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DCF Reaches Settlement In Bell Killings

Leon County Judge John Cooper on June 30, 2022, in a screen grab from The Florida Channel.
Department of Children and Families
The Florida Channel
Leon County Judge John Cooper on June 30, 2022, in a screen grab from The Florida Channel.

The Florida Department of Children and Families and two private companies have agreed to pay $750,000 to settle legal claims resulting from a mass killing in Gilchrist County last year.

Don Spirit, 51, murdered his daughter, Sarah, and her six children --- who ranged in age from 2 months old to 11 years old --- before committing suicide.

DCF will pay $450,000, while the Partnership for Strong Families and Devereux, two companies that help the state manage child-welfare cases, will pay $250,000 and $50,000, respectively, as part of the settlement. The money will go to the victims' estates.

According to the department, the family had been involved in 18 child-protective investigations from February 2006 to Sept. 18, 2014, the day of the killings. Don Spirit was involved in six of the investigations and was alleged to have been the perpetrator in three, including a 2008 incident in which he was arrested for physically abusing his then-pregnant daughter.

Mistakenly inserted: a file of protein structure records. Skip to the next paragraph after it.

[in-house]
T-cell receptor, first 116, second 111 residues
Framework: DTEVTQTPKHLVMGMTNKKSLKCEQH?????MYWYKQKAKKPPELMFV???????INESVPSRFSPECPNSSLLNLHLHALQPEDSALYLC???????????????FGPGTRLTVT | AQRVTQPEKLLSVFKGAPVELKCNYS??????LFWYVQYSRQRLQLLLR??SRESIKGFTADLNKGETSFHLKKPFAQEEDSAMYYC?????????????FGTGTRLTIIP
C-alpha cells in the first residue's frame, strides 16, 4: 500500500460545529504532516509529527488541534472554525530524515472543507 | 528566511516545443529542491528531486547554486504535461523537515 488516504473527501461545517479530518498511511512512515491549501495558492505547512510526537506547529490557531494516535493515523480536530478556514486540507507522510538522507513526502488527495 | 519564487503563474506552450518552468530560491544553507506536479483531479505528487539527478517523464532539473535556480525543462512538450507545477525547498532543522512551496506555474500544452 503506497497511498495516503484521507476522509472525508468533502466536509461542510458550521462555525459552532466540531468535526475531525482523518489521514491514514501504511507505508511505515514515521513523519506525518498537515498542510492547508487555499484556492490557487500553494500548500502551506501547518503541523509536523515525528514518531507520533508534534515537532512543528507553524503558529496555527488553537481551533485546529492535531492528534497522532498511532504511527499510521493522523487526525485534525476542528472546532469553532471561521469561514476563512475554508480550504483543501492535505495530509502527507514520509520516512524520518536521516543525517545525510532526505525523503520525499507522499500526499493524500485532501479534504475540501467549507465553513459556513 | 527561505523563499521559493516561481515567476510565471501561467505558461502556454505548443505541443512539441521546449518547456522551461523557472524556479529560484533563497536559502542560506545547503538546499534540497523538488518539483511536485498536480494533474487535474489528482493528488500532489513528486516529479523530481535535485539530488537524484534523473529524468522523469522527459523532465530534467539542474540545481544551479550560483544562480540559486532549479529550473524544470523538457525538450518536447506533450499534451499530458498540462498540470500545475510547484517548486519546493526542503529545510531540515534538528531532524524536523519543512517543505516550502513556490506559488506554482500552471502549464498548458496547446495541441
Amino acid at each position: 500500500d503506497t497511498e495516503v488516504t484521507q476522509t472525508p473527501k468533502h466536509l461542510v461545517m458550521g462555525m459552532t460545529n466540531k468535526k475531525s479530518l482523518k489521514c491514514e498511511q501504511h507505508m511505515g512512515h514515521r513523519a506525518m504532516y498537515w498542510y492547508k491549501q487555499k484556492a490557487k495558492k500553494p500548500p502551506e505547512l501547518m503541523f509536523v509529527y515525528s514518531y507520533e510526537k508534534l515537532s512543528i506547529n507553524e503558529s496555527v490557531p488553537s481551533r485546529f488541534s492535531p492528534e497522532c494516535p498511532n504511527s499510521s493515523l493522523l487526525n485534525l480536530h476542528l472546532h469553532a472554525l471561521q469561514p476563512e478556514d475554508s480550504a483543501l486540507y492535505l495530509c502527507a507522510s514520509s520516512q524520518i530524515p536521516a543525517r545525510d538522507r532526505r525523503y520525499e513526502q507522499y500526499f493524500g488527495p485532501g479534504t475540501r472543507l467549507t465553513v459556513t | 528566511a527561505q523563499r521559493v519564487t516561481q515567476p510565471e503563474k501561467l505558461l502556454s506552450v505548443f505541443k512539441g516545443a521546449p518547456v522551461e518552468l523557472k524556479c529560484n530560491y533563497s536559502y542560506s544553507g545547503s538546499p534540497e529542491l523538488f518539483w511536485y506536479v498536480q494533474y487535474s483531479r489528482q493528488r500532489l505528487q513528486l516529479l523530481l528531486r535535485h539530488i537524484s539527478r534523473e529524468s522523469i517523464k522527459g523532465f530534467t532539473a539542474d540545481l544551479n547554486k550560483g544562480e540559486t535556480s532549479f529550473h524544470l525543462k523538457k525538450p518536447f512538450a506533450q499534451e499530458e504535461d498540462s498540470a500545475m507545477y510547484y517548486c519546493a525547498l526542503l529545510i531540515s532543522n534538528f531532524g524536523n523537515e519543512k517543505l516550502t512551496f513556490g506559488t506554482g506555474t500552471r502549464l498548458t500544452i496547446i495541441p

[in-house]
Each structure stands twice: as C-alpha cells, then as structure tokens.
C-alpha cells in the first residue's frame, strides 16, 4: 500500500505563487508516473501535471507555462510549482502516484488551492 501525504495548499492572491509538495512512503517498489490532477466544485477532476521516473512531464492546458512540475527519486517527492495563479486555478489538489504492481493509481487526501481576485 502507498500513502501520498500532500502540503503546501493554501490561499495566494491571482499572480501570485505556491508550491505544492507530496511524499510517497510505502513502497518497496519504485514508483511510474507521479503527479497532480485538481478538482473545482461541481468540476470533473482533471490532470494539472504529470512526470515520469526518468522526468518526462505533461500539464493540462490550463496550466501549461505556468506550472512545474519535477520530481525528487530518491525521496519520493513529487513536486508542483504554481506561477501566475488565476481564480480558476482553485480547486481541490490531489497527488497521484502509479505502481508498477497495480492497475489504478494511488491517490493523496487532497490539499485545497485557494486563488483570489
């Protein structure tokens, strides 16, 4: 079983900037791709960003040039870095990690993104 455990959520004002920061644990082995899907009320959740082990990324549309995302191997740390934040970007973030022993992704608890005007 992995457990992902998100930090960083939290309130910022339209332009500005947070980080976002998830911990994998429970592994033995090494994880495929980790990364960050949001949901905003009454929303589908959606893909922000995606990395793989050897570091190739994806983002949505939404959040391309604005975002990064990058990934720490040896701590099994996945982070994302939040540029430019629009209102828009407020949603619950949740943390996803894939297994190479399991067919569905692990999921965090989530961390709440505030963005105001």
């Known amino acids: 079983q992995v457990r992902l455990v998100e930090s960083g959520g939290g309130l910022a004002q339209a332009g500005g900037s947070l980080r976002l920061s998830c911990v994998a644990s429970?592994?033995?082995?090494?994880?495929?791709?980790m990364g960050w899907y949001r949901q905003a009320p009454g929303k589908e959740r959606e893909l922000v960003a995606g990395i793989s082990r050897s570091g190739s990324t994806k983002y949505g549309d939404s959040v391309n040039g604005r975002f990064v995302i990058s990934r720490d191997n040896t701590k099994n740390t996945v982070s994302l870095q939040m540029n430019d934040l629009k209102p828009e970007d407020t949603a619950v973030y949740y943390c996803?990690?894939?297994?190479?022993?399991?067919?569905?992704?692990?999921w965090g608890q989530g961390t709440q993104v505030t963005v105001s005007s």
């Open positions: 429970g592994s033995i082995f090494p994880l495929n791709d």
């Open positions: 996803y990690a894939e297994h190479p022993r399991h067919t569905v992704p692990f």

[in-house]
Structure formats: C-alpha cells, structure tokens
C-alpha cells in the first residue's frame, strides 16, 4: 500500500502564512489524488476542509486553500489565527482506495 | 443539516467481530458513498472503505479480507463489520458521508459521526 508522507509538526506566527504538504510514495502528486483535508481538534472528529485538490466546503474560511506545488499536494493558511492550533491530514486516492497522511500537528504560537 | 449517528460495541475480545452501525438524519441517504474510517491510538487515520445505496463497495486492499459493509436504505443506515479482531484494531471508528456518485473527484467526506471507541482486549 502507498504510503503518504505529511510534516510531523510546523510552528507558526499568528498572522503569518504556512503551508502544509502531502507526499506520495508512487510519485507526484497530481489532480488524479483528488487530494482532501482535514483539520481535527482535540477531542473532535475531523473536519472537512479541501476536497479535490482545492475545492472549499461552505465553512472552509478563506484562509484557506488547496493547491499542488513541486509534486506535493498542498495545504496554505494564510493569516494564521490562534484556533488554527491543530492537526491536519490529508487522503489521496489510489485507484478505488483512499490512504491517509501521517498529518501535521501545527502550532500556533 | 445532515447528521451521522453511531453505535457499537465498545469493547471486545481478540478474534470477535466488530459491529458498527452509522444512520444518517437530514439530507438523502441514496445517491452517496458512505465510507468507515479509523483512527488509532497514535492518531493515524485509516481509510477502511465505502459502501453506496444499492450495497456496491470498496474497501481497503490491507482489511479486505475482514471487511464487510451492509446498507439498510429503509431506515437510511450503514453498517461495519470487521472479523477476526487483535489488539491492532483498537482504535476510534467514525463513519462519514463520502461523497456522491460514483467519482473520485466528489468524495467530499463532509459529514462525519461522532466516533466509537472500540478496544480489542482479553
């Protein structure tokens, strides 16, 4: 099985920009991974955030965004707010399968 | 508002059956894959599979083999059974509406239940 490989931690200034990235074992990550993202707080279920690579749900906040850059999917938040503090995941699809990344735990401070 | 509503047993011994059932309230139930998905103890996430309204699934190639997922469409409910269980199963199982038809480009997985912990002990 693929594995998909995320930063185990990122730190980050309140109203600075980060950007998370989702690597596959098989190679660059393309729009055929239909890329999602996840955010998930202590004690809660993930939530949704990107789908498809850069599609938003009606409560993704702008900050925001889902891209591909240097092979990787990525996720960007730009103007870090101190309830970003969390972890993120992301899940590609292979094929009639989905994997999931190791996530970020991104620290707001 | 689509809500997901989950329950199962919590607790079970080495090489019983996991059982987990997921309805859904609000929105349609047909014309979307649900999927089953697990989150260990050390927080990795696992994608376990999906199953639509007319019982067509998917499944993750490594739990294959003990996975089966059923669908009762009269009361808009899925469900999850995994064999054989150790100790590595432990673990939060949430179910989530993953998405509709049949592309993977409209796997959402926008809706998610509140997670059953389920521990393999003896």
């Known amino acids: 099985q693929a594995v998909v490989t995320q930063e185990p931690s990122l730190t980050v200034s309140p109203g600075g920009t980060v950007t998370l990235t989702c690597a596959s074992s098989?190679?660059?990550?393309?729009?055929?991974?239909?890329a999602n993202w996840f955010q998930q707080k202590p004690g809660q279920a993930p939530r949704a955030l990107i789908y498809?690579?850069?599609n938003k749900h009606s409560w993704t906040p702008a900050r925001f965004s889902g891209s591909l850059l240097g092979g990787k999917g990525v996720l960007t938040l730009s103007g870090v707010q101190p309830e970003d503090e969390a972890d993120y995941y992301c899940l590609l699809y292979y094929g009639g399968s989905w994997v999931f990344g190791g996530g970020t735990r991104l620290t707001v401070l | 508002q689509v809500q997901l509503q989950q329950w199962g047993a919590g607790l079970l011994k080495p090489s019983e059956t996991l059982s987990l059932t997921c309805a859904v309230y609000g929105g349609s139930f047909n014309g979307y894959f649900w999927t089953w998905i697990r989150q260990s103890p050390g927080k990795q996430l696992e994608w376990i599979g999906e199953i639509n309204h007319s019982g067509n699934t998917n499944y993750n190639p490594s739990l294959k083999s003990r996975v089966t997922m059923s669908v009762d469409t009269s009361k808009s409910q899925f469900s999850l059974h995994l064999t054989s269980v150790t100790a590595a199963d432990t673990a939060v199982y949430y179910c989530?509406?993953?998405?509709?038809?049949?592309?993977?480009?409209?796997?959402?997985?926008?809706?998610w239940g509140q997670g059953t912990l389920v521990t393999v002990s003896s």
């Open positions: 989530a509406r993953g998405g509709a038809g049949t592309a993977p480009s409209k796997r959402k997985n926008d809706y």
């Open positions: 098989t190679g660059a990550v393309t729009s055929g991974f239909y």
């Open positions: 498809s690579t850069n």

The murders prompted questions about whether the department and private providers could have done more to protect the children.

According to what is known as a Critical Incident Rapid Response Team, DCF and the Gilchrist County Sheriff's Office had visited the family's home as recently as Sept. 2, 2014, but the report said a case note indicated that the children were not "in imminent danger of illness or injury from abuse, neglect or abandonment."

In response, DCF Secretary Mike Carroll ordered the retraining of staff in the department's nearby Chiefland office and a review of all open investigations involving children 3 years old and younger in Gilchrist and Dixie counties. He also ordered training for 1,600 child protective investigators and supervisors statewide, and increased the implementation of a process known as the "Rapid Safety Feedback" system, which allows quality-assurance specialists to oversee a child-protective investigation in real time.

"I have been with the department for 25 years," Carroll said at the time. "And I thought I had seen it all until this tragedy occurred."

The settlement was first reported by